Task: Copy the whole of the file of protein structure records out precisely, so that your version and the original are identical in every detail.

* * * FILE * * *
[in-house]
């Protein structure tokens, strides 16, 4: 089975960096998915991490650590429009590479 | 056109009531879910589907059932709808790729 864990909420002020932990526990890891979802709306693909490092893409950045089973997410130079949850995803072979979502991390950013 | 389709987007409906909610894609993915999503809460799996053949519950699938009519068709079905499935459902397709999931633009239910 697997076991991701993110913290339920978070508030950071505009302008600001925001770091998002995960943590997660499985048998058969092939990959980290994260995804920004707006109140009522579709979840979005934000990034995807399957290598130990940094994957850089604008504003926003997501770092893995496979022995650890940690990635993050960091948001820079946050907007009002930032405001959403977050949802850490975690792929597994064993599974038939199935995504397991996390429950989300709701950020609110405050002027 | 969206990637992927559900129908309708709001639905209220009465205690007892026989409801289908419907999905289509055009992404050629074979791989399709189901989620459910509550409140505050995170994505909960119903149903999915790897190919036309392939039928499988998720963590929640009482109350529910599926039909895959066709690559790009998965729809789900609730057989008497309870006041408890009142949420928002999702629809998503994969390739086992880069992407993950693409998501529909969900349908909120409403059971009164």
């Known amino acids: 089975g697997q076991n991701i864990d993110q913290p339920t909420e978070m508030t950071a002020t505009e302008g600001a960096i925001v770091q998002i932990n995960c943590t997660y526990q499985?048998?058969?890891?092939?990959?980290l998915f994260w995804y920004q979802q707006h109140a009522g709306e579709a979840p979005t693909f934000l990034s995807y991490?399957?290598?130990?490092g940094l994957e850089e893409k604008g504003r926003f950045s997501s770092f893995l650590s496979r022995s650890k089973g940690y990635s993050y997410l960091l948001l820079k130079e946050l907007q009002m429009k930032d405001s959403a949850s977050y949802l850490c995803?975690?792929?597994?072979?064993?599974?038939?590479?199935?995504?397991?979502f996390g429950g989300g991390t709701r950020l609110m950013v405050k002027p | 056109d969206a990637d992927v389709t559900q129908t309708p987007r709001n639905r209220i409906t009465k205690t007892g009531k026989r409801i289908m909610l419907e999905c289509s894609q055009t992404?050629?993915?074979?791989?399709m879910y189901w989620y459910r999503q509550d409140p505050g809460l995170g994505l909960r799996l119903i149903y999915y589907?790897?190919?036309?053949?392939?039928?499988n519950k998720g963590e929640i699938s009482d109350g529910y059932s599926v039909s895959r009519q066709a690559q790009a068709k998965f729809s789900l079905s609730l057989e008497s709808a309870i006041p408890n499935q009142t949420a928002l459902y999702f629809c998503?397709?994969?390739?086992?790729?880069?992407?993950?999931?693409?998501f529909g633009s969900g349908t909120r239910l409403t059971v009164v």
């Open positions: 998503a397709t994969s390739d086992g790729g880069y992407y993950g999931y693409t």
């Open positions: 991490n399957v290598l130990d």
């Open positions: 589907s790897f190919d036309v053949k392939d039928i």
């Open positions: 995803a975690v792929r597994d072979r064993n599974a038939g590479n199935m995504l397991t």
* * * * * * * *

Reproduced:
[in-house]
């Protein structure tokens, strides 16, 4: 089975960096998915991490650590429009590479 | 056109009531879910589907059932709808790729 864990909420002020932990526990890891979802709306693909490092893409950045089973997410130079949850995803072979979502991390950013 | 389709987007409906909610894609993915999503809460799996053949519950699938009519068709079905499935459902397709999931633009239910 697997076991991701993110913290339920978070508030950071505009302008600001925001770091998002995960943590997660499985048998058969092939990959980290994260995804920004707006109140009522579709979840979005934000990034995807399957290598130990940094994957850089604008504003926003997501770092893995496979022995650890940690990635993050960091948001820079946050907007009002930032405001959403977050949802850490975690792929597994064993599974038939199935995504397991996390429950989300709701950020609110405050002027 | 969206990637992927559900129908309708709001639905209220009465205690007892026989409801289908419907999905289509055009992404050629074979791989399709189901989620459910509550409140505050995170994505909960119903149903999915790897190919036309392939039928499988998720963590929640009482109350529910599926039909895959066709690559790009998965729809789900609730057989008497309870006041408890009142949420928002999702629809998503994969390739086992880069992407993950693409998501529909969900349908909120409403059971009164």
């Known amino acids: 089975g697997q076991n991701i864990d993110q913290p339920t909420e978070m508030t950071a002020t505009e302008g600001a960096i925001v770091q998002i932990n995960c943590t997660y526990q499985?048998?058969?890891?092939?990959?980290l998915f994260w995804y920004q979802q707006h109140a009522g709306e579709a979840p979005t693909f934000l990034s995807y991490?399957?290598?130990?490092g940094l994957e850089e893409k604008g504003r926003f950045s997501s770092f893995l650590s496979r022995s650890k089973g940690y990635s993050y997410l960091l948001l820079k130079e946050l907007q009002m429009k930032d405001s959403a949850s977050y949802l850490c995803?975690?792929?597994?072979?064993?599974?038939?590479?199935?995504?397991?979502f996390g429950g989300g991390t709701r950020l609110m950013v405050k002027p | 056109d969206a990637d992927v389709t559900q129908t309708p987007r709001n639905r209220i409906t009465k205690t007892g009531k026989r409801i289908m909610l419907e999905c289509s894609q055009t992404?050629?993915?074979?791989?399709m879910y189901w989620y459910r999503q509550d409140p505050g809460l995170g994505l909960r799996l119903i149903y999915y589907?790897?190919?036309?053949?392939?039928?499988n519950k998720g963590e929640i699938s009482d109350g529910y059932s599926v039909s895959r009519q066709a690559q790009a068709k998965f729809s789900l079905s609730l057989e008497s709808a309870i006041p408890n499935q009142t949420a928002l459902y999702f629809c998503?397709?994969?390739?086992?790729?880069?992407?993950?999931?693409?998501f529909g633009s969900g349908t909120r239910l409403t059971v009164v």
């Open positions: 998503a397709t994969s390739d086992g790729g880069y992407y993950g999931y693409t």
């Open positions: 991490n399957v290598l130990d």
């Open positions: 589907s790897f190919d036309v053949k392939d039928i």
């Open positions: 995803a975690v792929r597994d072979r064993n599974a038939g590479n199935m995504l397991t």